White House officials, the Department of Health and Human Services and the Centers for Disease Control and Prevention (CDC) announced Tuesday a new five-year national communication campaign, Act Against AIDS, to refocus the national attention on the AIDS crisis.

According to CDC data released last year, about 56,000 Americans become newly infected with HIV each year, and over 14,000 people with AIDS die each year in the United States.

The new campaign will feature public service announcements (PSAs) and online communications, as well as targeted messages and outreach to the populations most severely affected by HIV/AIDS, beginning with African-Americans, with subsequent phases focusing on Latinos and other communities disproportionately impacted.

To help achieve widespread use of the campaign messages within African-American communities, the Obama Administration also announced today the Act Against AIDS Leadership Initiative (AAALI), a partnership with 14 of the nation's leading African-American civic organizations to integrate HIV prevention into each organization's outreach programs.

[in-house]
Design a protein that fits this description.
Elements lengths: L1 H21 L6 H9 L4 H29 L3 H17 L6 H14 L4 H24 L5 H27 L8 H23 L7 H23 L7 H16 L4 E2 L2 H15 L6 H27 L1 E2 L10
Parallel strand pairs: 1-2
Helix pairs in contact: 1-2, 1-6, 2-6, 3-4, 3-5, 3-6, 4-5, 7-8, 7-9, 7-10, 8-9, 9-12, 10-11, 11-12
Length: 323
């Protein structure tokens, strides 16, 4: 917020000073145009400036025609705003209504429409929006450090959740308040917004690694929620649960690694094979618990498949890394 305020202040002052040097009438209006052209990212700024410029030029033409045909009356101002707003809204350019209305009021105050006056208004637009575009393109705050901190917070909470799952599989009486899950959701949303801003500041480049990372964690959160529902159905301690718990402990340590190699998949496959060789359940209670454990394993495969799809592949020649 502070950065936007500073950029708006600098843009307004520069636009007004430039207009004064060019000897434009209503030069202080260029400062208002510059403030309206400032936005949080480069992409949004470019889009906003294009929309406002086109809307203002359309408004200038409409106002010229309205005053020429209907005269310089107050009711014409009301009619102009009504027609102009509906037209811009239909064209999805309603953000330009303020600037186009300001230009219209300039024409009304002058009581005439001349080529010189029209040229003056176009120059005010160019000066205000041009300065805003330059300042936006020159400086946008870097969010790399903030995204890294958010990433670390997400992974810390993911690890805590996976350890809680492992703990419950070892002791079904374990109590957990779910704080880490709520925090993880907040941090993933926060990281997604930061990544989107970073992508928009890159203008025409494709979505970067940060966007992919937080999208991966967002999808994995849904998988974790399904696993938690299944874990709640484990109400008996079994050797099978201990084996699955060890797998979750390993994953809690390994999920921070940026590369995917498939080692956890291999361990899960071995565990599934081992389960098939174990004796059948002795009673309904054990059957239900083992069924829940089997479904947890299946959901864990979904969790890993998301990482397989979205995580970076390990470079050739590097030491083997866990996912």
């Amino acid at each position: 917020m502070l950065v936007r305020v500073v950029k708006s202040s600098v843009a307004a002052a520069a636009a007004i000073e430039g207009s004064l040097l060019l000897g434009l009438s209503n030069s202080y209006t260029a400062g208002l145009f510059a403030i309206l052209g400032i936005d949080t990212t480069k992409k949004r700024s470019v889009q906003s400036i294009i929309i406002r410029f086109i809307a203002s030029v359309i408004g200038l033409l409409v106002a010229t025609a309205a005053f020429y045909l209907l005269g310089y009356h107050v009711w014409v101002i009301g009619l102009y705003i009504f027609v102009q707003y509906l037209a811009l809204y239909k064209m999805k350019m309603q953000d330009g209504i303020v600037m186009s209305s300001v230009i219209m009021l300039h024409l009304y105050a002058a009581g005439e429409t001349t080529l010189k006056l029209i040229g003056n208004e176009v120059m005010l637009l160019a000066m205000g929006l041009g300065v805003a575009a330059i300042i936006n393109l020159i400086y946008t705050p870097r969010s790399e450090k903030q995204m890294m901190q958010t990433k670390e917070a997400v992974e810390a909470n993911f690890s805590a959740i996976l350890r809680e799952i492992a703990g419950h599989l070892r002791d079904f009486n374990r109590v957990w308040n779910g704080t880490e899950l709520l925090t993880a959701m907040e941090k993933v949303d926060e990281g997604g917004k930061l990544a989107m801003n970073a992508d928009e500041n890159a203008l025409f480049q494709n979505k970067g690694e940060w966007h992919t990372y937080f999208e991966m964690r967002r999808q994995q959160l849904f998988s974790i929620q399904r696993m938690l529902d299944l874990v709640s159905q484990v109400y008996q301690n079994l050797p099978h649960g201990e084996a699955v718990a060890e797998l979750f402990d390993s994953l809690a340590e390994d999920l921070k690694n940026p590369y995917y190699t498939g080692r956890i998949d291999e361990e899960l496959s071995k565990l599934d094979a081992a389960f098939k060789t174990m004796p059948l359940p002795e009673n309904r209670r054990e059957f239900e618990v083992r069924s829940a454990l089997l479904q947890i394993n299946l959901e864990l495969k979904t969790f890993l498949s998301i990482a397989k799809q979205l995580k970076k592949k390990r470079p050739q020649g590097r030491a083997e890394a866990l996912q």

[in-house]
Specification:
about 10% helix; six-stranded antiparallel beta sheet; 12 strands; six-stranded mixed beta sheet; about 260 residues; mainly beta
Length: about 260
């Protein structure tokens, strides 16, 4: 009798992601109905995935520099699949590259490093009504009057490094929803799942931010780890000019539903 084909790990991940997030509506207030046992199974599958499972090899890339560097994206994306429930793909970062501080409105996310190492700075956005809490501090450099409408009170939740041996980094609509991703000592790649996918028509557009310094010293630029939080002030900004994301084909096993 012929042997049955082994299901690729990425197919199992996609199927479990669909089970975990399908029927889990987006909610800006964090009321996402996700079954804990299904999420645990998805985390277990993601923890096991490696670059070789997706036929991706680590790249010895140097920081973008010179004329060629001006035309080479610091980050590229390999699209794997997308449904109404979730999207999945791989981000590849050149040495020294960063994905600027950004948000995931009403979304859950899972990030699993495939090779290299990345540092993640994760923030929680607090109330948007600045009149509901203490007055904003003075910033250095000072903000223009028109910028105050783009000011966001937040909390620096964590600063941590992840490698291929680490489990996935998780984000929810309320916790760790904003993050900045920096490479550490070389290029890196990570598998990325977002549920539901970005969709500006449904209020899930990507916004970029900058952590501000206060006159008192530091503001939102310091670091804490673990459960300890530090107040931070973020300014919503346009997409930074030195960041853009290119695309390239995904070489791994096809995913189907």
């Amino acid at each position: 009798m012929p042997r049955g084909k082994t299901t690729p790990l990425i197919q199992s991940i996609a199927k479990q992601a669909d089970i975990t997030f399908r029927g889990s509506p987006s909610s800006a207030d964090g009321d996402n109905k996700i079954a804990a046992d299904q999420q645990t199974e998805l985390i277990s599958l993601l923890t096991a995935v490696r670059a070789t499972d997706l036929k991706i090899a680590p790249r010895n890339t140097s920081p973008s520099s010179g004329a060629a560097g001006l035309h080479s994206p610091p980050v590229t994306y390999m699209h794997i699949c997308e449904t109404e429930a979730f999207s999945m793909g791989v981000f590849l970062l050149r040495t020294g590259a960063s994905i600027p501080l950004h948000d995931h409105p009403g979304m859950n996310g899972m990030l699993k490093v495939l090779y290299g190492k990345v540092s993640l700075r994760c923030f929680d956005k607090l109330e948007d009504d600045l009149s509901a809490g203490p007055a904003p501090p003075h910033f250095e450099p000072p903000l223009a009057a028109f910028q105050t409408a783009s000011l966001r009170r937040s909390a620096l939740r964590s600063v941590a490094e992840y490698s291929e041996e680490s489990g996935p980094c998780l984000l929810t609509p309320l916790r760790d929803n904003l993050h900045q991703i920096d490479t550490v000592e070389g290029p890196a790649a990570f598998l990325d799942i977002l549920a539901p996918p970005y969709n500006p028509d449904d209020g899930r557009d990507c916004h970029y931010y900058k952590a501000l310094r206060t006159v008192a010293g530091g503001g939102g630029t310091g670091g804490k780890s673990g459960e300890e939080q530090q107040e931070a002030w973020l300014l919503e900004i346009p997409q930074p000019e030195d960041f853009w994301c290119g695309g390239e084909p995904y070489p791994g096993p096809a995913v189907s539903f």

Further, the CDC is collaborating with the Henry J. Kaiser Family Foundation to focus on outreach and technical assistance to the media and the entertainment industry.

Act Against AIDS seeks to put the HIV crisis back on the national radar screen, said Melody Barnes, Assistant to the President and Director of the White House Domestic Policy Council.

Our goal is to remind Americans that HIV/AIDS continues to pose a serious health threat in the United States and encourage them to get the facts they need to take action for themselves and their communities.

The Act Against AIDS campaign will be supported by a CDC budget of roughly $45 million over the next five years, as well as the efforts of community, media, and public health partners across the country to promote and utilize campaign materials and messages.

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